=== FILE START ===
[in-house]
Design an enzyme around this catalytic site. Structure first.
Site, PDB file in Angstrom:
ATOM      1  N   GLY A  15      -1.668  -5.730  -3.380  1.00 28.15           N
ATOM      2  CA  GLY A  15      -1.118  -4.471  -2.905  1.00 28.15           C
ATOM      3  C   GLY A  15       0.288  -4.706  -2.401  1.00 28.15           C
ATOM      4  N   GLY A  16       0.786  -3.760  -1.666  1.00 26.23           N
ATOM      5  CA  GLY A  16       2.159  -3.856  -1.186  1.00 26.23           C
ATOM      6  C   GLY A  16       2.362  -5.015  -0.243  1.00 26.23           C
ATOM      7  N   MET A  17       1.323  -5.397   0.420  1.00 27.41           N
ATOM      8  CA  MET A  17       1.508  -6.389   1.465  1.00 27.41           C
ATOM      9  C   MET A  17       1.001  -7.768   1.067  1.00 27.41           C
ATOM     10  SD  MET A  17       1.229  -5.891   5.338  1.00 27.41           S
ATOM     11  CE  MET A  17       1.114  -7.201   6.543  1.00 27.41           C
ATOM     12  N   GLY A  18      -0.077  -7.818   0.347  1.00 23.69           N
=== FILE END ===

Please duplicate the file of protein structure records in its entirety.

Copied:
[in-house]
Design an enzyme around this catalytic site. Structure first.
Site, PDB file in Angstrom:
ATOM      1  N   GLY A  15      -1.668  -5.730  -3.380  1.00 28.15           N
ATOM      2  CA  GLY A  15      -1.118  -4.471  -2.905  1.00 28.15           C
ATOM      3  C   GLY A  15       0.288  -4.706  -2.401  1.00 28.15           C
ATOM      4  N   GLY A  16       0.786  -3.760  -1.666  1.00 26.23           N
ATOM      5  CA  GLY A  16       2.159  -3.856  -1.186  1.00 26.23           C
ATOM      6  C   GLY A  16       2.362  -5.015  -0.243  1.00 26.23           C
ATOM      7  N   MET A  17       1.323  -5.397   0.420  1.00 27.41           N
ATOM      8  CA  MET A  17       1.508  -6.389   1.465  1.00 27.41           C
ATOM      9  C   MET A  17       1.001  -7.768   1.067  1.00 27.41           C
ATOM     10  SD  MET A  17       1.229  -5.891   5.338  1.00 27.41           S
ATOM     11  CE  MET A  17       1.114  -7.201   6.543  1.00 27.41           C
ATOM     12  N   GLY A  18      -0.077  -7.818   0.347  1.00 23.69           N